There are three kinds of olive oil in the market. The best, called virgin salad oil, is obtained by a gentle pres sure in the cold,- the more common sort is procured lay stronger pressure, aided with the heat of boiling water; and thirdly, an inferior kind, by boiling the olive residuum, or mare, with water, whereby a good deal of mucilaginous oil rises and floats on the surface. The lat ter serves chiefly for making soaps. A still worse oil is got by allowing the mass of bruised olives to ferment before sub jecting it to pressure.
Oil of olives is refined for the watch makers by the following simple process Into a bottle or vial containing it, a slip of sheet lead is immersed, and the bottle is placed at a window, where it may re ceive the rays of the sun. The oil by degrees gets covered with a curdy mass, which after some time settles to the bot tom, while itself becomes limpid and colorless. As soon as the lead ceases to separate any more of that white sub stance, the oil is decanted off into another via] for use. • Palm oil melts at 117.5° F., and is said to consist of 31 parts of stearine and 69 of oleine in 100. It becomes readily ran cid by exposure to air, and is whitened at the same time.
The oil extracted from the plucked tops of the pins* abies, in the Black For est in Germany, is limpid, of a golden yellow color, and resembles in smell and taste the oil of turpentine. It answers well for the preparation of varnishes.
Poppy-seed oil has none of the narcotic properties of the poppy juice. It is solu ble in ether in every proportion.
Rape-seed oil has a yellow color, and a peculiar smell. At 25° F. it becomes a yellow mass, consisting of 46 parts of stearine, which fuses at 50°, and 54 of oleine, in which the smell resides.
The sun-flower is largely cultivated in this country, for the sake of the oil. An acre yields from 60 to 75 bushels, and every bushel gives a gallon of oil. The oil-cake is a fine fattener for cattle.
Oil of almonds is manufactured by agi tating the kernels in bags, so as to sepa rate their brown skins, grinding them in a mill, then enclosing them in bags, and squeezing them strongly between a series of cast iron plates, in a hydraulic press; without heat at first, and then between heated plates. The first oil is the purest, and least apt to become rancid. It should be refined by filtering through porous paper. Next to olive oil, this species is the most easy to saponify. Bitter al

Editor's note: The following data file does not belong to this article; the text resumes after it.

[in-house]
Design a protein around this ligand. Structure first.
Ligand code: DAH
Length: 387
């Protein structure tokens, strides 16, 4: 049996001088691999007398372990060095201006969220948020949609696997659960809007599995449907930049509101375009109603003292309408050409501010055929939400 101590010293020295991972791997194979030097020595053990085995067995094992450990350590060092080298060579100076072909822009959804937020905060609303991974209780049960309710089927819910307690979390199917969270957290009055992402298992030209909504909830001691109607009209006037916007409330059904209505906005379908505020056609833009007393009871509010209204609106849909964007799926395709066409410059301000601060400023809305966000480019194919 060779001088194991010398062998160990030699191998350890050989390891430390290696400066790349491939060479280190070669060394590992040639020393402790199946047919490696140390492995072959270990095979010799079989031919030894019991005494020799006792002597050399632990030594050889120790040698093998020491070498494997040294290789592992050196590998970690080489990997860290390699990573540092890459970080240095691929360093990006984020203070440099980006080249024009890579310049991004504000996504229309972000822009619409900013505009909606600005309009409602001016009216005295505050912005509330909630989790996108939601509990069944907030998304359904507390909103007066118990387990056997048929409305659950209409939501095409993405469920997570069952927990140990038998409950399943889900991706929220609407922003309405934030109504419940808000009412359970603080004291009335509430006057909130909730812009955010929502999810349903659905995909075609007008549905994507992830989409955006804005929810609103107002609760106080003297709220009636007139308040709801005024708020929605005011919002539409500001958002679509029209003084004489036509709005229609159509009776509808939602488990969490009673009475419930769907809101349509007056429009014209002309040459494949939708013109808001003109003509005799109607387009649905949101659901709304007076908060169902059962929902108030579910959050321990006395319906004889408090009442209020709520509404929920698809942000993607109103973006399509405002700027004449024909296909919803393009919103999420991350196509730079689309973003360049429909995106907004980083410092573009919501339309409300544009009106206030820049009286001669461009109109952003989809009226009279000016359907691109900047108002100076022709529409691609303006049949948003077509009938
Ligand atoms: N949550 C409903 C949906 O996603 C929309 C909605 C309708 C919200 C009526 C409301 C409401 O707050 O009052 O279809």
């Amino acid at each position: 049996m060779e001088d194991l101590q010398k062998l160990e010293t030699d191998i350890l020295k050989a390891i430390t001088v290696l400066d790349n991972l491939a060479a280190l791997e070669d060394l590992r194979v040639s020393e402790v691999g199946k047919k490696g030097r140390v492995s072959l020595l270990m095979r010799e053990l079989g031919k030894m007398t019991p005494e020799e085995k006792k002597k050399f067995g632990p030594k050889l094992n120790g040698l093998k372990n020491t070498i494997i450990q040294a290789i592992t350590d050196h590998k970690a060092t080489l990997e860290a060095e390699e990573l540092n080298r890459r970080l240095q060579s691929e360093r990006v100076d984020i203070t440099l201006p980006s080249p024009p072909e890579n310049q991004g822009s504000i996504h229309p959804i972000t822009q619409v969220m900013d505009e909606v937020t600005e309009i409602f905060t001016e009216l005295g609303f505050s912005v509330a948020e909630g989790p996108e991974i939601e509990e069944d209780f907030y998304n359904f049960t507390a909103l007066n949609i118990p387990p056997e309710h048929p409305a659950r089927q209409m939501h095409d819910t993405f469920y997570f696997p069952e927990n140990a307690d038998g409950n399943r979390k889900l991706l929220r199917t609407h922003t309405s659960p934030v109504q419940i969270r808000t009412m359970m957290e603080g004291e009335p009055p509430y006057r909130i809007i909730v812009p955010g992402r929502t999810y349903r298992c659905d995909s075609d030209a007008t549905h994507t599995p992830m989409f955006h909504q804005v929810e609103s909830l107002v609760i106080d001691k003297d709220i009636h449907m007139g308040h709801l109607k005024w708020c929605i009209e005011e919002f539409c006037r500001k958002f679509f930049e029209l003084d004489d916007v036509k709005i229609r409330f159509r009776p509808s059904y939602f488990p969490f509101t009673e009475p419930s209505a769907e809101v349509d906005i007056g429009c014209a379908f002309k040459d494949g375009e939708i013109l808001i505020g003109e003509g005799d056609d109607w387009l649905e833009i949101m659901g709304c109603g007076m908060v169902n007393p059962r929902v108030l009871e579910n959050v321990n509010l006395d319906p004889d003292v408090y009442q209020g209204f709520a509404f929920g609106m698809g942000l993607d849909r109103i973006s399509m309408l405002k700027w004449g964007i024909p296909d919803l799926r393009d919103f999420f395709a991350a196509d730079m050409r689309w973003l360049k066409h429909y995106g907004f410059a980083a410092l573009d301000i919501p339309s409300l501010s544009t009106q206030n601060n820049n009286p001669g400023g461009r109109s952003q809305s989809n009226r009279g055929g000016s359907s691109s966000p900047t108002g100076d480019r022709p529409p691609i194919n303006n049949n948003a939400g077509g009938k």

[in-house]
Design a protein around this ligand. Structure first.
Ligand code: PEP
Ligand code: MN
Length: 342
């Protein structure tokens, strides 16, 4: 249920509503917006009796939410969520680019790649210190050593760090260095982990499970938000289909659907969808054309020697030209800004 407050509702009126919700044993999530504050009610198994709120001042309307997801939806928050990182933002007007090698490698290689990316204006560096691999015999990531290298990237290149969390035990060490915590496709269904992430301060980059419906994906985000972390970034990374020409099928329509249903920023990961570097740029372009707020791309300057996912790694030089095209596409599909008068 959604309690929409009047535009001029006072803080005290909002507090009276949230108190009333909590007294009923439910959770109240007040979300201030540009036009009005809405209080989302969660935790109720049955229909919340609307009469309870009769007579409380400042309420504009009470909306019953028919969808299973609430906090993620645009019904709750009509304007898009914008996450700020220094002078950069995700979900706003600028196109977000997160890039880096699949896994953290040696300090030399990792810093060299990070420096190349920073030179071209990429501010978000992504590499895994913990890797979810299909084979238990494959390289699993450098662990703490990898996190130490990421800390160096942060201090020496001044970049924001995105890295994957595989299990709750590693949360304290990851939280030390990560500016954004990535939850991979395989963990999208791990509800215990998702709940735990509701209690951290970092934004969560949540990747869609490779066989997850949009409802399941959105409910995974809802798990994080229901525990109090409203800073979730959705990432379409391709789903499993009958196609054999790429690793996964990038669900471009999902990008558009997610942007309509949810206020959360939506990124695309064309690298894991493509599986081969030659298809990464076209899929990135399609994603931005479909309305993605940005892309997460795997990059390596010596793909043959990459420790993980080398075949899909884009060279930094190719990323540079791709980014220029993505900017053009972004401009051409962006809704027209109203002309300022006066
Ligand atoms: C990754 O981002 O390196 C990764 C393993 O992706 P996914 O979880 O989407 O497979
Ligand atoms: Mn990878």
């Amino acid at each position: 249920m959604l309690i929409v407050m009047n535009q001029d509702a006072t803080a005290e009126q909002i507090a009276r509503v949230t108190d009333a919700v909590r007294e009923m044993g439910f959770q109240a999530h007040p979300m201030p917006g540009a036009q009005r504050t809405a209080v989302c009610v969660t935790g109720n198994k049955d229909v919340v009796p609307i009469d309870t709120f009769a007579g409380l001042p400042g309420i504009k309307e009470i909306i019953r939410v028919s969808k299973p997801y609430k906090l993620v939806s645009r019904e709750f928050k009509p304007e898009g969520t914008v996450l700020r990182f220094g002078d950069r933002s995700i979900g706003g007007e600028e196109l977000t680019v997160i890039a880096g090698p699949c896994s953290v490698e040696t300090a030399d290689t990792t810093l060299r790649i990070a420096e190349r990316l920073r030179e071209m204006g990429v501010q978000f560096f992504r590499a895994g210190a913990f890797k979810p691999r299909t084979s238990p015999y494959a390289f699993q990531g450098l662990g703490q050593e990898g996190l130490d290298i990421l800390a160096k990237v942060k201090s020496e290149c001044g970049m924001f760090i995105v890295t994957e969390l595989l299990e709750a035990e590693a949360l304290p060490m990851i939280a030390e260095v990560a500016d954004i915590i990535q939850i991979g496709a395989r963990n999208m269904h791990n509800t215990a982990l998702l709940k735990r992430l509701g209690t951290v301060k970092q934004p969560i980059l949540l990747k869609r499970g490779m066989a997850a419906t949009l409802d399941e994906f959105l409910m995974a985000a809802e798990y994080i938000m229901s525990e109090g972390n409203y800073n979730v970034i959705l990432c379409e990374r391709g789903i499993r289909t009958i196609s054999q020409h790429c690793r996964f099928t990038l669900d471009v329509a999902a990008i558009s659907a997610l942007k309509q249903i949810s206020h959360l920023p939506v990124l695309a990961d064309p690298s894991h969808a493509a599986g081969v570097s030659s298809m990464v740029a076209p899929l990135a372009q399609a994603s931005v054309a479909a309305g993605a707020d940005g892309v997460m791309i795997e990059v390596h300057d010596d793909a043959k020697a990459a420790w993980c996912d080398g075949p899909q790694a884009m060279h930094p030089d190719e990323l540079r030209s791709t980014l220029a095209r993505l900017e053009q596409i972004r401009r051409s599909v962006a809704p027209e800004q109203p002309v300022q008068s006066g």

monds, being cheaper than the sweet, are used in preference for obtaining this oil, and they afford an article equally bland, wholesome, and inodorous. But a strongly scented oil may he procured, according to M. Planch5, by macerating the almonds in hot water, so as to blanch them, then drying them in a stove, and afterwards subjecting them to pressure. The volatile oil of almonds is obtained by distilling the mare or bitter almond cake, along with water.
Linseed, rapeseed, poppyseed, and other oleiferous seeds were formerly treated for the extraction of their oil, by pounding in hard wooden mortars with pestles shod with iron, set in motion by cams driven by a shaft turned with horse or water power, then the triturated seed was put into woollen bags which were wrapped up in hair-cloths, and squeezed between upright wedges in press-boxes by the impulsion of vertical rams driven also by a cam mechanism. In the best mills upon the old construction, the cakes obtained by this first wedge pres sure were thrown upon the bed of an edge-mill, ground anew and subjected to a second pressure, aided by heat now, as in the first case. These mortars and press-boxes constitute what are called Dutch mills.
A good oil for chronometers is a great desideratum. The following has been tried, and is mach used :—Having pro cured good olive oil, put about one gallon into a cast-iron vessel capable of holding two gallons ; place it over a slow, clear fire, keeping a thermometer suspended .n it; and, when the temperature rises to 920°, check the heat, never allowing it to exceed 230°, nor descend below 212°, for one hour ; by which time the whole of the water and acetic acid will be eva porated. The oil is then exposed to a temperature of 80° to 86°, for two or three days. By this operation, a considerable portion is congealed; and, while in this state, pour the whole on a muslin filter, to allow the fluid portion to run through ; the solid,.when re-dis solved, may be used for common pur poses. Lastly, the fluid portion must be filtered, once or more, through newly prepared animal charcoal, grossly pow dered, or rather broken, and placed on bibulous paper in a wire-frame, within a funnel : by which operation rancidity (if any be present) is entirely removed, and the oil is rendered perfectly bright and colorless.